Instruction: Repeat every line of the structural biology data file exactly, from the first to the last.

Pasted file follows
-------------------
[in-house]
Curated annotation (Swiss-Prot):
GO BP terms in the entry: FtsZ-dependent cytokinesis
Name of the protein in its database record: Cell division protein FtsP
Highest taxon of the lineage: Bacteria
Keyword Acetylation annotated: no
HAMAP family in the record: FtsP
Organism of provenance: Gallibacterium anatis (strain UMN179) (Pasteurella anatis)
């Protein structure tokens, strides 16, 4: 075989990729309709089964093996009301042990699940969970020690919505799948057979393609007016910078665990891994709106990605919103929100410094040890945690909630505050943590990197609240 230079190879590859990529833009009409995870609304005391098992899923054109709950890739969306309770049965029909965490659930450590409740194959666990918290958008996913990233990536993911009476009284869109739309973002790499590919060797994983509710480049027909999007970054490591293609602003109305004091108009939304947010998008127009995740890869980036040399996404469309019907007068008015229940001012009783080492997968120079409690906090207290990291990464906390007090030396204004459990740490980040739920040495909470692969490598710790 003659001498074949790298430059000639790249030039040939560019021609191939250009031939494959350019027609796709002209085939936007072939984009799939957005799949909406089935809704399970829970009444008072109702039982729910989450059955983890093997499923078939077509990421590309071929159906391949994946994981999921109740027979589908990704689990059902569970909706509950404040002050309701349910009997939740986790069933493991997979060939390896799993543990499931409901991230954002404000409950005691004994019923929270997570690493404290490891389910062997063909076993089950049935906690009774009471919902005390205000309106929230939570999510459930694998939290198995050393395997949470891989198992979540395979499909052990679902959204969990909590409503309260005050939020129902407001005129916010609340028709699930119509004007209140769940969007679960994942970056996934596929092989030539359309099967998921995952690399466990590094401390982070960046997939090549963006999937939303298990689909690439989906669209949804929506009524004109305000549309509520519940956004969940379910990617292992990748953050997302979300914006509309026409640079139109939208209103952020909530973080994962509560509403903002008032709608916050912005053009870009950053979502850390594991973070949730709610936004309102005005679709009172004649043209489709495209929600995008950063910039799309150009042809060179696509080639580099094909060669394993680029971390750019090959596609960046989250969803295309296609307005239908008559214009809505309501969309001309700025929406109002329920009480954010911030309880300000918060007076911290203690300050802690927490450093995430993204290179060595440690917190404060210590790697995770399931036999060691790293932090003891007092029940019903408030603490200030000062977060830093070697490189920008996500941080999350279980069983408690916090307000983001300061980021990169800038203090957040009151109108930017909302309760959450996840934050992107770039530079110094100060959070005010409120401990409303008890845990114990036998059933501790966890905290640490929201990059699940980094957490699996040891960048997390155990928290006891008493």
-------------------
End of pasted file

[in-house]
Curated annotation (Swiss-Prot):
GO BP terms in the entry: FtsZ-dependent cytokinesis
Name of the protein in its database record: Cell division protein FtsP
Highest taxon of the lineage: Bacteria
Keyword Acetylation annotated: no
HAMAP family in the record: FtsP
Organism of provenance: Gallibacterium anatis (strain UMN179) (Pasteurella anatis)
């Protein structure tokens, strides 16, 4: 075989990729309709089964093996009301042990699940969970020690919505799948057979393609007016910078665990891994709106990605919103929100410094040890945690909630505050943590990197609240 230079190879590859990529833009009409995870609304005391098992899923054109709950890739969306309770049965029909965490659930450590409740194959666990918290958008996913990233990536993911009476009284869109739309973002790499590919060797994983509710480049027909999007970054490591293609602003109305004091108009939304947010998008127009995740890869980036040399996404469309019907007068008015229940001012009783080492997968120079409690906090207290990291990464906390007090030396204004459990740490980040739920040495909470692969490598710790 003659001498074949790298430059000639790249030039040939560019021609191939250009031939494959350019027609796709002209085939936007072939984009799939957005799949909406089935809704399970829970009444008072109702039982729910989450059955983890093997499923078939077509990421590309071929159906391949994946994981999921109740027979589908990704689990059902569970909706509950404040002050309701349910009997939740986790069933493991997979060939390896799993543990499931409901991230954002404000409950005691004994019923929270997570690493404290490891389910062997063909076993089950049935906690009774009471919902005390205000309106929230939570999510459930694998939290198995050393395997949470891989198992979540395979499909052990679902959204969990909590409503309260005050939020129902407001005129916010609340028709699930119509004007209140769940969007679960994942970056996934596929092989030539359309099967998921995952690399466990590094401390982070960046997939090549963006999937939303298990689909690439989906669209949804929506009524004109305000549309509520519940956004969940379910990617292992990748953050997302979300914006509309026409640079139109939208209103952020909530973080994962509560509403903002008032709608916050912005053009870009950053979502850390594991973070949730709610936004309102005005679709009172004649043209489709495209929600995008950063910039799309150009042809060179696509080639580099094909060669394993680029971390750019090959596609960046989250969803295309296609307005239908008559214009809505309501969309001309700025929406109002329920009480954010911030309880300000918060007076911290203690300050802690927490450093995430993204290179060595440690917190404060210590790697995770399931036999060691790293932090003891007092029940019903408030603490200030000062977060830093070697490189920008996500941080999350279980069983408690916090307000983001300061980021990169800038203090957040009151109108930017909302309760959450996840934050992107770039530079110094100060959070005010409120401990409303008890845990114990036998059933501790966890905290640490929201990059699940980094957490699996040891960048997390155990928290006891008493």